|Windmill Kit, no longer supplied..
factory the Fisher & Paykel stator is wired into one large
star winding, producing 3 phase AC when used as a generator*.
If we were to use this on our windmill the output voltage
would range from 0 to 300 volts unloaded, and up to 2-3 amps
maximum loaded, not a very usable range for charging batteries.
So we are going to rewire
the stator into 7 little windings all in parallel. This will
give us an output range of 0 to 40 volts unloaded, and over
20 amps loaded, a little more practical for our purpose.
* Technically its
an ALTERNATOR, but the term GENERATOR is more commonly used.
But before we start, I need to talk about
"cogging". Cogging is the term we use to describe
the effect of the hub magnets attracting the stator poles,
making it difficult to rotate the hub from a standstill. It
takes more force to start the rotation, than it takes to keep
the rotation going. Imagine an old car and a series of small
hills and valleys. From the bottom of the first valley, its
very difficult to get up the first hill, and if the car hasn't
got enough power it will end up going backwards back down
into the valley. But once the car gets over the first hill,
it has enough momentum to get over the next hill, and the
one after that, etc.
How does this affect our windmill. Well from
standstill a windmill has very little power, the blades are
not designed to work that way, so in light winds the windmill
may not have enough power to get past the first cog. This
means the windmill wont start, even though there is enough
wind to make usable power. We call this "cogging".
|There are a few ways to get past this
problem. We can use bigger blades with more power, at
the cost of high speed performance. We can "decog"
out stator by rounding off the stator poles and reducing
the magnetic"edge". Rounding of the stator poles
is best done with a power file, you just want to remove
the sharp edge of the stator laminations. For more information
on de-cogging, visit the excellent EcoInnovation web site,
the the Smart Drive information sheets. http://www.ecoinnovation.co.nz/links.php?code=8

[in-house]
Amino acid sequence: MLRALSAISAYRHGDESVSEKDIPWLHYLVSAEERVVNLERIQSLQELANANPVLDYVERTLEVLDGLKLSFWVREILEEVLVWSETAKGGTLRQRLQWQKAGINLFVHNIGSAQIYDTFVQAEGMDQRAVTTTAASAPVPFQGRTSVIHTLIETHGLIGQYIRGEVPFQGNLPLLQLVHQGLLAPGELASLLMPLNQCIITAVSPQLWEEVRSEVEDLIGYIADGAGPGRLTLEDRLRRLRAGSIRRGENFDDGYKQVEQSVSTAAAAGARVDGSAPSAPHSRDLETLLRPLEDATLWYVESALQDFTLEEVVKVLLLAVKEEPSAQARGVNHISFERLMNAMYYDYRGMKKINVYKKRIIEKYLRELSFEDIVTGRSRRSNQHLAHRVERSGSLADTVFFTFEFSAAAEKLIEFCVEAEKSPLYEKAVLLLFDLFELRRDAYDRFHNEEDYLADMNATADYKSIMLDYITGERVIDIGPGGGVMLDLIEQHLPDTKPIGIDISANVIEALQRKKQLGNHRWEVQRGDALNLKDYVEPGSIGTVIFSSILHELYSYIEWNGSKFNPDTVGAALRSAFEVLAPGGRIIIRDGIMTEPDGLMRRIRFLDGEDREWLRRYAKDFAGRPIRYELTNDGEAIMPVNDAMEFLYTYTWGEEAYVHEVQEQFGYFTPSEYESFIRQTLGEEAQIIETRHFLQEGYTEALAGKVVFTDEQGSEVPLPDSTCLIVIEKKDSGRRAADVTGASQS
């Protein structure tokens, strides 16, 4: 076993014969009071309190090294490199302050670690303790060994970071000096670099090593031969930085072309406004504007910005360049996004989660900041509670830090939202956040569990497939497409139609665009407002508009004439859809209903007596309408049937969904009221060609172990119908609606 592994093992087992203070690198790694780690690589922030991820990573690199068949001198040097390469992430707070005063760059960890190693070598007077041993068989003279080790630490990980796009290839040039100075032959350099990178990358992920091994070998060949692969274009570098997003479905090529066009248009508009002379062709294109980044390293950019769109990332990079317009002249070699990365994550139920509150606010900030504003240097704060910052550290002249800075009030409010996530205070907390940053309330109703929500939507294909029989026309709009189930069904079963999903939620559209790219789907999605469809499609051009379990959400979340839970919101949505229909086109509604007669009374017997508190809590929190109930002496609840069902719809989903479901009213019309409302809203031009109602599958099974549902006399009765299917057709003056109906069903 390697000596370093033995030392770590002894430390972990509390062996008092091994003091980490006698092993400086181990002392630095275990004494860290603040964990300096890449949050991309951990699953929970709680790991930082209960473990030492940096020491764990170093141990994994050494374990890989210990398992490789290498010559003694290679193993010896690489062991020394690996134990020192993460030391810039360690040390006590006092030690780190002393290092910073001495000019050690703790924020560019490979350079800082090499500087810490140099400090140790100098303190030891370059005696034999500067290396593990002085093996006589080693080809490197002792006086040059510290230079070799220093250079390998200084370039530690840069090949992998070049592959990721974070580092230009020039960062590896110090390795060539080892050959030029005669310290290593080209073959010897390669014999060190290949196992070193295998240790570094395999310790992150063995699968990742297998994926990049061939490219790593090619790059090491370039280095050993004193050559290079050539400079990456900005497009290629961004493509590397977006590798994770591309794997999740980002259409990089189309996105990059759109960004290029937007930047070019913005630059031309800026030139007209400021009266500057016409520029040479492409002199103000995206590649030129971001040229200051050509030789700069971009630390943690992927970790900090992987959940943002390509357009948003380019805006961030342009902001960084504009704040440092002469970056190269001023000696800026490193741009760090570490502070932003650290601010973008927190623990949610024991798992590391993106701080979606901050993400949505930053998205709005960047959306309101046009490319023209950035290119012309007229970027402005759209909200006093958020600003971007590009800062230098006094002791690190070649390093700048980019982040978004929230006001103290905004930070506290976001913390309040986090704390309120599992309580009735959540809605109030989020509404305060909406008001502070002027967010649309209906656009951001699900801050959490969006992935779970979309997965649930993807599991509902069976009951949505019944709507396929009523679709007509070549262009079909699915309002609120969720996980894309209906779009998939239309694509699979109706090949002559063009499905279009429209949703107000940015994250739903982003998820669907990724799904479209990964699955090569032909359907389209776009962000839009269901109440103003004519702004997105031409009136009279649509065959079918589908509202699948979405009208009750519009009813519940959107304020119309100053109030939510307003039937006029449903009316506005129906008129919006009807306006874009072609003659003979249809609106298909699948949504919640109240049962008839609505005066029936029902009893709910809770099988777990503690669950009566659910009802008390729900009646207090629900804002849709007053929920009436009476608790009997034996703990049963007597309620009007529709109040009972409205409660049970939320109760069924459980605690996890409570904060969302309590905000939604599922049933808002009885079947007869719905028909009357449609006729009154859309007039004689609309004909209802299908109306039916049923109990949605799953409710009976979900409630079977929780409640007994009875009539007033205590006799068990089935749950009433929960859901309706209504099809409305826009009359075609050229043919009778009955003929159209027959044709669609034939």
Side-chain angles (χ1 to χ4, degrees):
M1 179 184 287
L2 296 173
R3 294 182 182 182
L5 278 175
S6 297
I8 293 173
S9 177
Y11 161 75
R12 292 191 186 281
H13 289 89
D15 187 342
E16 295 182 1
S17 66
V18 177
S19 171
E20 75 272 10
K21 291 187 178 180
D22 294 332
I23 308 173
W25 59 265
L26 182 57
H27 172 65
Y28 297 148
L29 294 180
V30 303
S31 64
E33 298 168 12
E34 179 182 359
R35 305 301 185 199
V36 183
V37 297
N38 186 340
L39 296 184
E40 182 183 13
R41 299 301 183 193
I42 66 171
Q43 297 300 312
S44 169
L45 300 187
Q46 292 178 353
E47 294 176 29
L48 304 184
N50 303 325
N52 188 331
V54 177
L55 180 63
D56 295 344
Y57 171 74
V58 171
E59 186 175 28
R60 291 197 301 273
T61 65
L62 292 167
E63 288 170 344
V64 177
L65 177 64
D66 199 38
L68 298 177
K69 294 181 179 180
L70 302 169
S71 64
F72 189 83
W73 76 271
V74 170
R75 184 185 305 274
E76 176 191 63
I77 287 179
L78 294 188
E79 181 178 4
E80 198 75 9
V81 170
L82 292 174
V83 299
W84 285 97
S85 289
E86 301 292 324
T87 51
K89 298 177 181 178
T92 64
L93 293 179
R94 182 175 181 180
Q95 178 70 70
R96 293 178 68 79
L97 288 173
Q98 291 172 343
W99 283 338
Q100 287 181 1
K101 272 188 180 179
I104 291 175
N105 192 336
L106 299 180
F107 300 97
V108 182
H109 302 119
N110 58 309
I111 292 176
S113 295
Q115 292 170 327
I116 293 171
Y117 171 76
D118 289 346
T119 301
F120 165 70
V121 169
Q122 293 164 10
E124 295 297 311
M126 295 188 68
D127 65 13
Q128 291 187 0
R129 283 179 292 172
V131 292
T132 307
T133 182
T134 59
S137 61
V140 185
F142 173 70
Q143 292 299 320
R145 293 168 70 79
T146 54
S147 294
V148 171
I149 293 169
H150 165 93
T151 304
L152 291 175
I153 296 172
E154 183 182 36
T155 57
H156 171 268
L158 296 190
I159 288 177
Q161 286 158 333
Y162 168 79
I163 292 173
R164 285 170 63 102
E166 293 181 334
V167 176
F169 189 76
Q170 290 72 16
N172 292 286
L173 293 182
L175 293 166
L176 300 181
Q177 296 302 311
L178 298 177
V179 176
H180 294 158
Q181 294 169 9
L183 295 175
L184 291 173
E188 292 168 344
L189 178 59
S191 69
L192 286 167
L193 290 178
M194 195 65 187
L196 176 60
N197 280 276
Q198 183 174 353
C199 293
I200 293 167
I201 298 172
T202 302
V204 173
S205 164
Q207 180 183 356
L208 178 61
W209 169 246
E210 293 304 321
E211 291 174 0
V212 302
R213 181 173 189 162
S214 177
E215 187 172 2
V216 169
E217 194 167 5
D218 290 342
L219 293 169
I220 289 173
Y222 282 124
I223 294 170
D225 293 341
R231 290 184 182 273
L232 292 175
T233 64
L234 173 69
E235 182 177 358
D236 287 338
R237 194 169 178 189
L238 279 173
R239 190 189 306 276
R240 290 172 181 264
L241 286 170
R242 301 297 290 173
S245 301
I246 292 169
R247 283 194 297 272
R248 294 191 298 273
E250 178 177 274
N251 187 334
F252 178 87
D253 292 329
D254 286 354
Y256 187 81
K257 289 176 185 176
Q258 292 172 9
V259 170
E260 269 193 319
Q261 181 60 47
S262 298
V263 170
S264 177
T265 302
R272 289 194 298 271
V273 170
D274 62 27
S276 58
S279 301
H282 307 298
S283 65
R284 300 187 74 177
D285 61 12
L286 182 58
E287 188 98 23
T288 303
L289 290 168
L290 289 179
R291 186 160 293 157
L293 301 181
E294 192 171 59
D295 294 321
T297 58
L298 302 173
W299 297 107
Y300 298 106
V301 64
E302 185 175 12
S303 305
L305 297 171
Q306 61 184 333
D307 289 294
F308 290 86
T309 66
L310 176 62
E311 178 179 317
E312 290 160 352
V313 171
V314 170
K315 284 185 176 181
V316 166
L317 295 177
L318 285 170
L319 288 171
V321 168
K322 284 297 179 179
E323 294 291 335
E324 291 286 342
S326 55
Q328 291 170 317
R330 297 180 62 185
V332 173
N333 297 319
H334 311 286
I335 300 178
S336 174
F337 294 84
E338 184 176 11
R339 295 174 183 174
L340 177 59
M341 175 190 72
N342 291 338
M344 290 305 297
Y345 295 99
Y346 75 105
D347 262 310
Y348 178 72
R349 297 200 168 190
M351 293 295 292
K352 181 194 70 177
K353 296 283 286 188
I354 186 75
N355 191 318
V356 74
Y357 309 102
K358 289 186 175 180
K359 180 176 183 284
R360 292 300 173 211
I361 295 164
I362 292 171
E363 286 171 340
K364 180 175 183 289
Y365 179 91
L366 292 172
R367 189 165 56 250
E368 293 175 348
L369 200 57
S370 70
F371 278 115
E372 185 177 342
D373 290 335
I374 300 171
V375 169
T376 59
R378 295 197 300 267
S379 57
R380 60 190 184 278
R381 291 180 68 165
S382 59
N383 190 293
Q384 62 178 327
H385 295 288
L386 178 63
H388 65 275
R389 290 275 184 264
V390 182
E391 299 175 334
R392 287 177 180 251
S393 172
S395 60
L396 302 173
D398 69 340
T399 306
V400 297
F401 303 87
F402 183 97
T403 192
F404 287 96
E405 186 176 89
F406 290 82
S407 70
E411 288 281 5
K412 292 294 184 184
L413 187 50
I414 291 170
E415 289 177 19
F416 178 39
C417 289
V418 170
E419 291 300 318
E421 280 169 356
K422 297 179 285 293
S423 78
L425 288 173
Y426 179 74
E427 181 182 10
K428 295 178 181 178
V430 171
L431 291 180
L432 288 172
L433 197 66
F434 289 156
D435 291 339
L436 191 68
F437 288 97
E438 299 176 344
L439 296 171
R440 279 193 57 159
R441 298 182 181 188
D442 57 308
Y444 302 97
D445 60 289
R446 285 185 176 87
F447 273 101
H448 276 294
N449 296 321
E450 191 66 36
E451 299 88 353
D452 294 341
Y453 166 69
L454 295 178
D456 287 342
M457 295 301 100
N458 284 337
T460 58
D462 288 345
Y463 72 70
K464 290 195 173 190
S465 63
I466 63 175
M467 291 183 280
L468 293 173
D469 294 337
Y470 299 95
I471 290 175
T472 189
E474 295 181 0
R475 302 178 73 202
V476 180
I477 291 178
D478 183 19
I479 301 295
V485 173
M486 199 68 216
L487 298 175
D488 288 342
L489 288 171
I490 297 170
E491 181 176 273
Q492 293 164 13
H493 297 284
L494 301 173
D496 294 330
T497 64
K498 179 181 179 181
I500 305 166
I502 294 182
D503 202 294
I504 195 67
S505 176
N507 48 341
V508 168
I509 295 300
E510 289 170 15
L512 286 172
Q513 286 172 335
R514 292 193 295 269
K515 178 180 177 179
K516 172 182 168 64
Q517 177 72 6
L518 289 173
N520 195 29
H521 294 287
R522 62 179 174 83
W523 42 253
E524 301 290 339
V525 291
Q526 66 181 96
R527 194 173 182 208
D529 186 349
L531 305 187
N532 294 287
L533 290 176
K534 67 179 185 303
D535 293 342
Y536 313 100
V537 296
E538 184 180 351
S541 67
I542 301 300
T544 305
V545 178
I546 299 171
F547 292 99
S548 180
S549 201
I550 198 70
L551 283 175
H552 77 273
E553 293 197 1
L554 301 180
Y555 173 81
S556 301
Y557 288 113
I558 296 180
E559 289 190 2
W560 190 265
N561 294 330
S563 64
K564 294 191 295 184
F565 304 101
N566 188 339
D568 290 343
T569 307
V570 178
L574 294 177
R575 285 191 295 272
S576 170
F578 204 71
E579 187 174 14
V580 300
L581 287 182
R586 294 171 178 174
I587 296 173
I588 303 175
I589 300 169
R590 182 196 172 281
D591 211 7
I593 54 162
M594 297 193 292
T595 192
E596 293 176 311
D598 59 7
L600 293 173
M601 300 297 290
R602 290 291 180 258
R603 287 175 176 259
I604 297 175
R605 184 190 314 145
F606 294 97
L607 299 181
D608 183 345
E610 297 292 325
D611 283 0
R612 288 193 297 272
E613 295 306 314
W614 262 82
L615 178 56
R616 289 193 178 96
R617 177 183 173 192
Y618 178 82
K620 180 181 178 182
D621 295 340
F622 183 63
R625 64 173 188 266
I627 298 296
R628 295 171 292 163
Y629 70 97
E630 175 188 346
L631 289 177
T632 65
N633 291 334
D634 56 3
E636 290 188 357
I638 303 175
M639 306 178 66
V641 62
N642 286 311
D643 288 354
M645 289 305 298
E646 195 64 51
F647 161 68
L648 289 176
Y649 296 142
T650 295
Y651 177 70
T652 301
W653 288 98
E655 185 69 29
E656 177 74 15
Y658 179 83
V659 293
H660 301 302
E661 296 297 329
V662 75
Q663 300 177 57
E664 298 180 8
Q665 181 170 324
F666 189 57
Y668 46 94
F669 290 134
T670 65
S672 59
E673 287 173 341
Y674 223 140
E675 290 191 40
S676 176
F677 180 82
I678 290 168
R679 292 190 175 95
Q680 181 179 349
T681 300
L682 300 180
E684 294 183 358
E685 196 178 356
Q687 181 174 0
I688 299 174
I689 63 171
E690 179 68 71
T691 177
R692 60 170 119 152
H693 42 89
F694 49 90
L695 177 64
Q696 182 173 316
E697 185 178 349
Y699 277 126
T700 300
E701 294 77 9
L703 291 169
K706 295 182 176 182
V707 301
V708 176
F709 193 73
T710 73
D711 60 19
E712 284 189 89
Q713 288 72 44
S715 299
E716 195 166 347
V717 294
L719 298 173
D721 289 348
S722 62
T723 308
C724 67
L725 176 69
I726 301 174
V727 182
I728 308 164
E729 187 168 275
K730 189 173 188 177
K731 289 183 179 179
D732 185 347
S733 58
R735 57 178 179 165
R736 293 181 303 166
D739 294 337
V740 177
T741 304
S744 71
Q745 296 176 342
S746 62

Close up shows
the de-cogged stator, click to see full size.
Another way is to convert the motor into a
7 phase alternator. In factory form its a 3 phase alternator,
but with a magnet hub from a different model F&P washing
machine, we can run the alternator as a 7 phase, imagine 7
small hills instead of 3 big hills for our car to get over.
The 7 phase conversion works very well, with virtually no
cogging, but its a different re-wire process than that shown
on this page. If you want to try a 7 phase conversion, follow
this link articles/coglessFP.asp
OK, Back to our 3 phase conversion.
|At right is
a diagram of the stator factory winding. I've labeled
the phases X Y & Z. Remember you can click on these
diagrams to see full size. This a 1 group of 14 poles,
so each phase consists of 14 poles.
|This is how
we rewire the stator as 7 groups of 2 poles star configuration,
and is the easiest and most common way to modify the stator.
|And this is
how we can wire the stator to use for either star or delta
configurations. Anyone who read the Silicon Chip articles
I wrote will be familar with this layout. The star/delta
option gives you the ability to connect the stator as
a star or delta. Delta will produce more power at high
revs, but star will start making power at lower rev's
and is the prefered option.
stator. First remove traces of corrosion and file off
any rust on the laminations
|Cut the winding
at every 6 poles. This will give you a total of 7 groups
of windings, each with 6 poles, 2 poles per phase. Remember
you can click on these photos for a closer look.
clean the enamel off all leads for approx 15mm from ends.
|If you are making
a 3 wire star stator, twist and solder the star mid point
of wire as shown. Use wire capable of at least 15amps.
( or six if you are going for the 6 wire star/delta option
) lengths of heavy electrical cable ( 4-5mm dia copper
) to the original connection terminal terminals, then
strip back 5mm at each connection point. Cut the cables
at the last connection point. This will form our power
"bus". Wrap each star end wire around the bus
wires as shown, and solder. You will need a good soldering
iron for this.
|Once all star
windings have been soldered, cable tie the bus wires to
secure the assembly.
stator. Give the stator a good coating of varnish ( or
similar ) to protect from the weather.
|If you decide
to wire as a 6 wire delta/star configuration, you stator
should look something like this.
|If you use a
6 wire star/detla configuration, the diagram at right
will show you how to connect the output leads together.
- Bearing Plate Assembly